Image credit: The Myanmar Photo Collective, Visualrebellion.org
In January 2022, a year after a ruthless military coup the Myanmar People’s Assembly, which brings together elected MPs and a wide range of other legitimate representatives of the people of Myanmar, endorsed the Federal Democracy Charter (FDC).
As outlined in the FDC, the legitimate interim government institutions, including the Committee Representing the Pyidaungsu Hluttaw (CPRH), the National Unity Government (NUG) and the democratic actors within the National Unity Consultative Council (NUCC) such as ethnic resistance organisations (EROs), civil society and State and Regional Councils are working to implement a political road map to build a genuine federal democracy in Myanmar.
Significantly, the FDC contains a set of expanded fundamental human rights provisions, including gender equality and children’s rights, and a prohibition of discrimination on any grounds, including race, faith, gender, disability, and sexual orientation. The FDC also aims to build inclusive state institutions, establishing a Women Rights and Gender Equality Commission and including a 30 per cent quota for women at all levels of decision-making in Myanmar’s future democratic institutions. A recent survey conducted by International IDEA found that the people of Myanmar emphatically support such affirmative action measures. For information on Myanmar’s FDC principles go to Myanmar’s Federal Democracy Charter Analysis and Prospects and on Facebook here.
International Women’s Day is a good occasion to recall these important commitments and to celebrate the prominent role women and youth in Myanmar’s post-coup democratic resistance movement continue to play as key actors in ensuring that inclusivity not only remains a key goal of Myanmar’s interim government institutions but that legislation, policies and affirmative action measures are adopted. In order to ensure that the FDC principles can also be implemented it will be necessary to challenge entrenched patriarchal attitudes and gender norms. International IDEA’s webinar on Inclusion and Gender Equality in Post-Coup Myanmar: Strategies for Democratic Constitutional Reform on 7 July 2022 under its MyConstitution programme allowed pro-democracy and human rights actors to present their perspectives and experience and to engage openly with participants on issues of inclusion and gender equality in Myanmar’s interim constitution and peace processes. To read more about women’s challenges of political participation since the coup and proposed strategies to promote gender equality, please read Inclusion and Gender Equality in Post-Coup Myanmar: Strategies for Democratic Constitutional Reform – Perspectives and Key Takeaways or see an explanatory video about challenges faced by women, youth and LQBTQI groups since the military coup and possible solutions to increase their inclusion and participation.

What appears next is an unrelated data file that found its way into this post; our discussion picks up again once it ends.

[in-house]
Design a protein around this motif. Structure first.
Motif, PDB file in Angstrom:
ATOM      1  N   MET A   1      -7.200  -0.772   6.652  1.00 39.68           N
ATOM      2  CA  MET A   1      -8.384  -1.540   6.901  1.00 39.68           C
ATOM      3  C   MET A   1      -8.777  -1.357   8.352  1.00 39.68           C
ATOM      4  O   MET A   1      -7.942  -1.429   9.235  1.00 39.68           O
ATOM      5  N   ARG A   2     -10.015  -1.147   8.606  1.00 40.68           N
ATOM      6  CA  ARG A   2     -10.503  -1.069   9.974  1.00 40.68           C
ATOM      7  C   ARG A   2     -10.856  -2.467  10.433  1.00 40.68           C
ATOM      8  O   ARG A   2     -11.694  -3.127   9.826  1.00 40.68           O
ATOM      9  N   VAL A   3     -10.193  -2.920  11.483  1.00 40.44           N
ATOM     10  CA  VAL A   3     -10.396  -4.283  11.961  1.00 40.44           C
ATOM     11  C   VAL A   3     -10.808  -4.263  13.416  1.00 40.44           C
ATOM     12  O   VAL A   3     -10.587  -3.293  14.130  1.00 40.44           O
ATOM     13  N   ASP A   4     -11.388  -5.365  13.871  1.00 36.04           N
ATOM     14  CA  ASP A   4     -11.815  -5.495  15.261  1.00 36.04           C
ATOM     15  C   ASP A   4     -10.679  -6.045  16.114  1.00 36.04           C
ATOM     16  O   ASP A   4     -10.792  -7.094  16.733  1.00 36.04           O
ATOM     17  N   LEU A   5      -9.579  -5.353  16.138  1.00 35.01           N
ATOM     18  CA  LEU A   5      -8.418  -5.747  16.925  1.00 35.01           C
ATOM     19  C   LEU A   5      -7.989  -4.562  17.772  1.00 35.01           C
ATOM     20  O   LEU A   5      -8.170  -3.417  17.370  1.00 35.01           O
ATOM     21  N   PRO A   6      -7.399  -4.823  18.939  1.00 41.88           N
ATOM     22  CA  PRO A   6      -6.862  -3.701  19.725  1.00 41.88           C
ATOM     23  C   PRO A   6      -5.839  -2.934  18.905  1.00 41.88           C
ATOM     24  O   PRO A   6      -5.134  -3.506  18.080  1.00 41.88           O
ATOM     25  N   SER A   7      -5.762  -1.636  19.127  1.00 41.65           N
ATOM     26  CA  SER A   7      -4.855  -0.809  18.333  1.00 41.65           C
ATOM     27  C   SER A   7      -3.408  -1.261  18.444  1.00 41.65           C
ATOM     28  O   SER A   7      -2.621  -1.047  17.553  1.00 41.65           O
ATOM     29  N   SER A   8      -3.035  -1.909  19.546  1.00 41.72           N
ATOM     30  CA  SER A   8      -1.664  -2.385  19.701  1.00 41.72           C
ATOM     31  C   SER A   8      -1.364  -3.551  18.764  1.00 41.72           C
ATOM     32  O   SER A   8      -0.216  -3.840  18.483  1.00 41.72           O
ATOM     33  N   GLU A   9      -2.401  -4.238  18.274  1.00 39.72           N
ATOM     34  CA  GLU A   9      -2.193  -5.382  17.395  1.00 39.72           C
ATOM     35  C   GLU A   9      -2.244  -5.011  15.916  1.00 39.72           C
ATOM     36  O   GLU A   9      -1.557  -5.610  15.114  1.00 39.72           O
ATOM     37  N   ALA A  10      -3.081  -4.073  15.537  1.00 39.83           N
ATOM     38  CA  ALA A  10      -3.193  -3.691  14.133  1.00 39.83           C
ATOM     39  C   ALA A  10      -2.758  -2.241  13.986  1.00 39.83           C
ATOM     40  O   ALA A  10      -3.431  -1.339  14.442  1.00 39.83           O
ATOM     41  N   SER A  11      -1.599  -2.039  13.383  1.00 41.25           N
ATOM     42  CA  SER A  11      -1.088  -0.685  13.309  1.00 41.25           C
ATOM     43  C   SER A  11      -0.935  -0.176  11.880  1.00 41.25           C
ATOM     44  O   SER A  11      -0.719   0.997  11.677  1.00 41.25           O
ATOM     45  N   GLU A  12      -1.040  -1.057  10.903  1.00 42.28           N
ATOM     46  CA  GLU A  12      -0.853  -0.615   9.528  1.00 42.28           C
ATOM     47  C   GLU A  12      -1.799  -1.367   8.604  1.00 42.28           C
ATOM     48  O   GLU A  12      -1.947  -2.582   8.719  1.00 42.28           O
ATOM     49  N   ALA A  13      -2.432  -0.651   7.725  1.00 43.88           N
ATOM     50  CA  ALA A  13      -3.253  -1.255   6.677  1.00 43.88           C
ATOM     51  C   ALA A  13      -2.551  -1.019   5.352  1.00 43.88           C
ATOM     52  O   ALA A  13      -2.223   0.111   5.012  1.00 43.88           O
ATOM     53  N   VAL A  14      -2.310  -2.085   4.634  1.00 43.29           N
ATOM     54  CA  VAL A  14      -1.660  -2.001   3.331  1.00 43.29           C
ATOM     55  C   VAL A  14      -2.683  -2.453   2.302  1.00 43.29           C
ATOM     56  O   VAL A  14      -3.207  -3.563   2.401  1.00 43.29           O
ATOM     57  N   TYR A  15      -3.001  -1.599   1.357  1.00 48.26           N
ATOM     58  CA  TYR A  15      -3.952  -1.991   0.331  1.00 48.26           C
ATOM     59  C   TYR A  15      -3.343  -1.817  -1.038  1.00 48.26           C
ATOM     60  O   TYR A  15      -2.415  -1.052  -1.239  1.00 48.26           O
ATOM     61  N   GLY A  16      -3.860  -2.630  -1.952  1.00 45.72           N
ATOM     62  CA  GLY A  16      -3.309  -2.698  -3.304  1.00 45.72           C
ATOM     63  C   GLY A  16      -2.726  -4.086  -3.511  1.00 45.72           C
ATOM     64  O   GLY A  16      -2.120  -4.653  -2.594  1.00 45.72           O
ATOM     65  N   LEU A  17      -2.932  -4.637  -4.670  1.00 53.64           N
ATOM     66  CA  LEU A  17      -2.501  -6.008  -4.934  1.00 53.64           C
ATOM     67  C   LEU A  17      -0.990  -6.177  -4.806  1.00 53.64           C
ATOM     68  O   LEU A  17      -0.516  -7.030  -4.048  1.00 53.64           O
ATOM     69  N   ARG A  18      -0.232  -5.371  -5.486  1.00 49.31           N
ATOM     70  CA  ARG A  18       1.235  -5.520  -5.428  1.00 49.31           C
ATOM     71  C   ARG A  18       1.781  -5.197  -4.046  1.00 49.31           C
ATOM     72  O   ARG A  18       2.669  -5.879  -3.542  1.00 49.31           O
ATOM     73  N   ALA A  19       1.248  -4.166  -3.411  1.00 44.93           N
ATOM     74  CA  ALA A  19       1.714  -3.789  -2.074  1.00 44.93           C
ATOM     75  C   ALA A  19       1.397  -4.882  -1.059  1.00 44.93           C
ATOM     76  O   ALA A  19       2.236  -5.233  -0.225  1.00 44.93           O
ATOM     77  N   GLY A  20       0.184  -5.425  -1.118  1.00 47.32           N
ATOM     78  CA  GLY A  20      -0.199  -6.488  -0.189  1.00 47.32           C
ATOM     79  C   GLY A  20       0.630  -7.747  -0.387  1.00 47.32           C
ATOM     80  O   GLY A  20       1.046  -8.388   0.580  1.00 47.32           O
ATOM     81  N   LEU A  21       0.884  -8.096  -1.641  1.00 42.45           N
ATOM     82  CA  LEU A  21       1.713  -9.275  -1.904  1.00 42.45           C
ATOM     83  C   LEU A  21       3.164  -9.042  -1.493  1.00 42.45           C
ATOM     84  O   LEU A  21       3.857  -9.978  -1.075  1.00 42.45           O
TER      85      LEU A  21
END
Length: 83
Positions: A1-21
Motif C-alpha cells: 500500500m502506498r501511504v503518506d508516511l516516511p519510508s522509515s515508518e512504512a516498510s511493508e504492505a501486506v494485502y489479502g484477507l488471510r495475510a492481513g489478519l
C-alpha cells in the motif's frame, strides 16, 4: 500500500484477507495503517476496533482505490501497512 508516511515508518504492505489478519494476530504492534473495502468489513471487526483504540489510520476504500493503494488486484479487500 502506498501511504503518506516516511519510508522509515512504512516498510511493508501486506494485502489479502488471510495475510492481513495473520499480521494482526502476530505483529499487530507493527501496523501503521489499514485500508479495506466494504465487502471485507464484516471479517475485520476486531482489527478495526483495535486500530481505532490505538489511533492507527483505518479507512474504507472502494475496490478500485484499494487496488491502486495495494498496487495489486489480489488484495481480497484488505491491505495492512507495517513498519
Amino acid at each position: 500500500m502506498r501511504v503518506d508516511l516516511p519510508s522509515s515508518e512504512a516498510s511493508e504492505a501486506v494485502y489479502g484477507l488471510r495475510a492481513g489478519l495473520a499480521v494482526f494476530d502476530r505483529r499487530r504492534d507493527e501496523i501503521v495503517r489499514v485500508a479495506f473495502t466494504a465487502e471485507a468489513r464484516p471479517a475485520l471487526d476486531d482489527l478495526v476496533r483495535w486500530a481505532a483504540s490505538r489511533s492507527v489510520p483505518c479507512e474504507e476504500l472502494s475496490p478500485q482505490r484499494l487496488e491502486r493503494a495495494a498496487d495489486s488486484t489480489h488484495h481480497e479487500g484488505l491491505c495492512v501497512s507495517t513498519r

The NUG and NUCC play key roles in defining and implementing a gender equality policy framework, particularly through the Ministry of Women, Youth and Children’s Affairs (MWYCA) and the Joint Coordination Committee (JCC) on Gender made up of NUG and NUCC representatives. The JCC has discussed and agreed on a draft gender policy to ensure that Myanmar’s interim institutions apply gender equality principles. In addition, the Ministry has also developed a policy to prevent sexual harassment, which is to be applied by the NUG.
An agreement on a gender equality policy for Myanmar’s interim institutions would constitute an important first step by the NUG and NUCC to develop a comprehensive gender policy framework and measures to enable women on union and regional/state levels to effectively participate in and influence decision-making, thus making gender equality and women’s empowerment key components of Myanmar’s emerging federalism. Other measures will need to be taken to effectively implement legislation that set women’s quotas at 30 per cent as outlined in the FDC, conducting gender audits of legislation to counter discrimination, and developing a workable legal framework to prevent violence against women. As always, progressive legislation will require adequate enforcement mechanisms, administrative capacities and far-reaching mindset changes. Building trusted police structures, a respected judicial system, psycho-social referral mechanisms, education reforms and political leadership all need to be part of such an effort to be effective.
Quotas, if well-designed and implemented, are a possible mechanism for interim institutions to address gender imbalances. They aim to overcome entrenched structural biases by guaranteeing a critical number of women to take up political positions and to ensure that women can take up leadership roles, attain senior positions and strengthen the diversity of women from different ethnic and socio-economic backgrounds in institutions. Quotas in use today include constitutional or legislative reserved seats, legal candidate quotas and political party quotas. For more information, please see International IDEA’s Gender Quota Database and our Myanmar Gender Quota 101 video.